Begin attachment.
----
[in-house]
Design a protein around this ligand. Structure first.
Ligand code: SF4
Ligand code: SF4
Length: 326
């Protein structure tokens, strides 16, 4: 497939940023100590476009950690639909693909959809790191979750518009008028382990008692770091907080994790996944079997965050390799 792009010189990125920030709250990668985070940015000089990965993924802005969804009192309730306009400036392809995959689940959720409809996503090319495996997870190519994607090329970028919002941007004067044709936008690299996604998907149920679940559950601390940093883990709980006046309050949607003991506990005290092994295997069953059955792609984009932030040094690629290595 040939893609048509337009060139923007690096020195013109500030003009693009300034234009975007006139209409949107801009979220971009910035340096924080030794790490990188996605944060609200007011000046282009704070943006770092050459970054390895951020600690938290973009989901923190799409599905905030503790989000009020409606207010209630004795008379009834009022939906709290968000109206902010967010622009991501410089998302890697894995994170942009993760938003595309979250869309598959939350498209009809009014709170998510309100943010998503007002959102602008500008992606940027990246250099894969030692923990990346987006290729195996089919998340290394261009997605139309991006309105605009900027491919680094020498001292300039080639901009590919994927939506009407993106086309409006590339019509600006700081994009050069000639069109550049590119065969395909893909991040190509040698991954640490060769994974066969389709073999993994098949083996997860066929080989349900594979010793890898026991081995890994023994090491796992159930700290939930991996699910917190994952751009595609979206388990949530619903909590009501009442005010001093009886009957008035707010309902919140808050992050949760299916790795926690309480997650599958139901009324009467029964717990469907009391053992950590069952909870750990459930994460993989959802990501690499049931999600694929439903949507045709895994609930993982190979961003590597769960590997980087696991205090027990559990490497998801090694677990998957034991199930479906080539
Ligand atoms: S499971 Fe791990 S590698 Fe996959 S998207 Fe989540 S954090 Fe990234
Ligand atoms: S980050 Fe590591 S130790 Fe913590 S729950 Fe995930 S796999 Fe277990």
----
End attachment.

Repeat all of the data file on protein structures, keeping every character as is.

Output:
[in-house]
Design a protein around this ligand. Structure first.
Ligand code: SF4
Ligand code: SF4
Length: 326
């Protein structure tokens, strides 16, 4: 497939940023100590476009950690639909693909959809790191979750518009008028382990008692770091907080994790996944079997965050390799 792009010189990125920030709250990668985070940015000089990965993924802005969804009192309730306009400036392809995959689940959720409809996503090319495996997870190519994607090329970028919002941007004067044709936008690299996604998907149920679940559950601390940093883990709980006046309050949607003991506990005290092994295997069953059955792609984009932030040094690629290595 040939893609048509337009060139923007690096020195013109500030003009693009300034234009975007006139209409949107801009979220971009910035340096924080030794790490990188996605944060609200007011000046282009704070943006770092050459970054390895951020600690938290973009989901923190799409599905905030503790989000009020409606207010209630004795008379009834009022939906709290968000109206902010967010622009991501410089998302890697894995994170942009993760938003595309979250869309598959939350498209009809009014709170998510309100943010998503007002959102602008500008992606940027990246250099894969030692923990990346987006290729195996089919998340290394261009997605139309991006309105605009900027491919680094020498001292300039080639901009590919994927939506009407993106086309409006590339019509600006700081994009050069000639069109550049590119065969395909893909991040190509040698991954640490060769994974066969389709073999993994098949083996997860066929080989349900594979010793890898026991081995890994023994090491796992159930700290939930991996699910917190994952751009595609979206388990949530619903909590009501009442005010001093009886009957008035707010309902919140808050992050949760299916790795926690309480997650599958139901009324009467029964717990469907009391053992950590069952909870750990459930994460993989959802990501690499049931999600694929439903949507045709895994609930993982190979961003590597769960590997980087696991205090027990559990490497998801090694677990998957034991199930479906080539
Ligand atoms: S499971 Fe791990 S590698 Fe996959 S998207 Fe989540 S954090 Fe990234
Ligand atoms: S980050 Fe590591 S130790 Fe913590 S729950 Fe995930 S796999 Fe277990």